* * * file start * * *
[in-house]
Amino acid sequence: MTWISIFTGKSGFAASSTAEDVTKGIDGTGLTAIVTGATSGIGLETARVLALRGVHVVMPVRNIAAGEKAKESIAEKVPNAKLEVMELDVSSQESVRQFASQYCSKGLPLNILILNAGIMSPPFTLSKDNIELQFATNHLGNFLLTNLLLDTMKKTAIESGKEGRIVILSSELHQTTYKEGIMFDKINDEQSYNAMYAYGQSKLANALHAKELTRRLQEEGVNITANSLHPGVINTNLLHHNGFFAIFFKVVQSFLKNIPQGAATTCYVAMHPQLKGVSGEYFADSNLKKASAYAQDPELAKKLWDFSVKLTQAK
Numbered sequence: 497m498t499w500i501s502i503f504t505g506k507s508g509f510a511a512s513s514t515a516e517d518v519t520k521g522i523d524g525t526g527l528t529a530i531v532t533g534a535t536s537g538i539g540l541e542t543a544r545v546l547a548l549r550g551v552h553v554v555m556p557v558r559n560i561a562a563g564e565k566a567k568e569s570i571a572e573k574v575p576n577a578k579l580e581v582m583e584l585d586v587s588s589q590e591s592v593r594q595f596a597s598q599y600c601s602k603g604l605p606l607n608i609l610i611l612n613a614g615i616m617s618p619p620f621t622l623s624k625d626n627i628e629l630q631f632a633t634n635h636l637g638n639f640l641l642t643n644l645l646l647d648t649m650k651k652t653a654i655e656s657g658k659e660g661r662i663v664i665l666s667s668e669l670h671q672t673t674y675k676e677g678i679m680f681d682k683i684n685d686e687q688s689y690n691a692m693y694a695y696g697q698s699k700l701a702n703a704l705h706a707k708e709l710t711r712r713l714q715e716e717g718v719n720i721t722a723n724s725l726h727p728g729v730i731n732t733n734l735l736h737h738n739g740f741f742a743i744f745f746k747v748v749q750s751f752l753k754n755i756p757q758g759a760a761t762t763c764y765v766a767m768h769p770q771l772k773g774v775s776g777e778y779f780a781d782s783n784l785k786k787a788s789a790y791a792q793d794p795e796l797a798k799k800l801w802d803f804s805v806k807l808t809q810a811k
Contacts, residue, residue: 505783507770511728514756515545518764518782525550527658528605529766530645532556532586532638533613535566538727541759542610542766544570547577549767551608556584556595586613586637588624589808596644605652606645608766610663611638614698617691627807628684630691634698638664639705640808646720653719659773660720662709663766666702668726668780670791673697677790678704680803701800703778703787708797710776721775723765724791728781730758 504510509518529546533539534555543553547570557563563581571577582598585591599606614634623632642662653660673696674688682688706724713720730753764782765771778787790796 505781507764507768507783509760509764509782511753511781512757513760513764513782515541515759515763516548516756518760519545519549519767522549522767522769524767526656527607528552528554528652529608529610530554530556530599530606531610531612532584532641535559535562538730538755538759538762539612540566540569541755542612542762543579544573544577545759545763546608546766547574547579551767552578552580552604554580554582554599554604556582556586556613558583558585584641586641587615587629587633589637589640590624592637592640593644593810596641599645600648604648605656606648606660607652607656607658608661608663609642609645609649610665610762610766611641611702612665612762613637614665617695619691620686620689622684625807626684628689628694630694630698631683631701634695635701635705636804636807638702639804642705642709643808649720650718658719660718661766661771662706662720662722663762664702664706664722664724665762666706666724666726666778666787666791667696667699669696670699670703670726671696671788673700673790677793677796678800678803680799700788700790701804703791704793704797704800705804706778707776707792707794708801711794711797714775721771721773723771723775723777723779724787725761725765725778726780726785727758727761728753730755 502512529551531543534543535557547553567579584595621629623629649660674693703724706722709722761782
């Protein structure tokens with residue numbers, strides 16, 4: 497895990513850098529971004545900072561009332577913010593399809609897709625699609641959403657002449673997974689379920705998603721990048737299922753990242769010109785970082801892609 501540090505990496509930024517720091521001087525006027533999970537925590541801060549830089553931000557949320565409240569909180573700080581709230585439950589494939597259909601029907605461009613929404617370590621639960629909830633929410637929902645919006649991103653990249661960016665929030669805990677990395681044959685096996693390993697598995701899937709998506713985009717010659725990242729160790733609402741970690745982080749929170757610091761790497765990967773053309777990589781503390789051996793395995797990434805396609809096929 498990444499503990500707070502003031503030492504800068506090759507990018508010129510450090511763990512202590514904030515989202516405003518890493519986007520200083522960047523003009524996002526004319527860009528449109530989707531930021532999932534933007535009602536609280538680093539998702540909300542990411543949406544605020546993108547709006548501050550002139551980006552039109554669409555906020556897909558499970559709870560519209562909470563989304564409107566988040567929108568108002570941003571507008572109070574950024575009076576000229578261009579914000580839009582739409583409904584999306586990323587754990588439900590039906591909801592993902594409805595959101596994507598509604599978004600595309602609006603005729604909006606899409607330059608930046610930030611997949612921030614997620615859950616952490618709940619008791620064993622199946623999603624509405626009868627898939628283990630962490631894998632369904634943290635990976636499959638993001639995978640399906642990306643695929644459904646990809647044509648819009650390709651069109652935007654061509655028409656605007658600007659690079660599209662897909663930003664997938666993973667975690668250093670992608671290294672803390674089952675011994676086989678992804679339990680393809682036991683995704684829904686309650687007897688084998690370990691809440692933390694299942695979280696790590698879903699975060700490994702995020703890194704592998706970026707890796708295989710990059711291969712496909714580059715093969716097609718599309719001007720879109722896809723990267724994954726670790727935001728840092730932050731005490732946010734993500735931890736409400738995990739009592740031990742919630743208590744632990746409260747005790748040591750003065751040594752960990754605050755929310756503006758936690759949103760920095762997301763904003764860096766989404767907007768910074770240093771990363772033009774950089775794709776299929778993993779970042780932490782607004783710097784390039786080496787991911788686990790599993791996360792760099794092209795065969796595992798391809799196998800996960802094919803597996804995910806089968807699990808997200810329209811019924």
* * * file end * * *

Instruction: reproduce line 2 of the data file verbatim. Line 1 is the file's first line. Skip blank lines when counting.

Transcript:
Amino acid sequence: MTWISIFTGKSGFAASSTAEDVTKGIDGTGLTAIVTGATSGIGLETARVLALRGVHVVMPVRNIAAGEKAKESIAEKVPNAKLEVMELDVSSQESVRQFASQYCSKGLPLNILILNAGIMSPPFTLSKDNIELQFATNHLGNFLLTNLLLDTMKKTAIESGKEGRIVILSSELHQTTYKEGIMFDKINDEQSYNAMYAYGQSKLANALHAKELTRRLQEEGVNITANSLHPGVINTNLLHHNGFFAIFFKVVQSFLKNIPQGAATTCYVAMHPQLKGVSGEYFADSNLKKASAYAQDPELAKKLWDFSVKLTQAK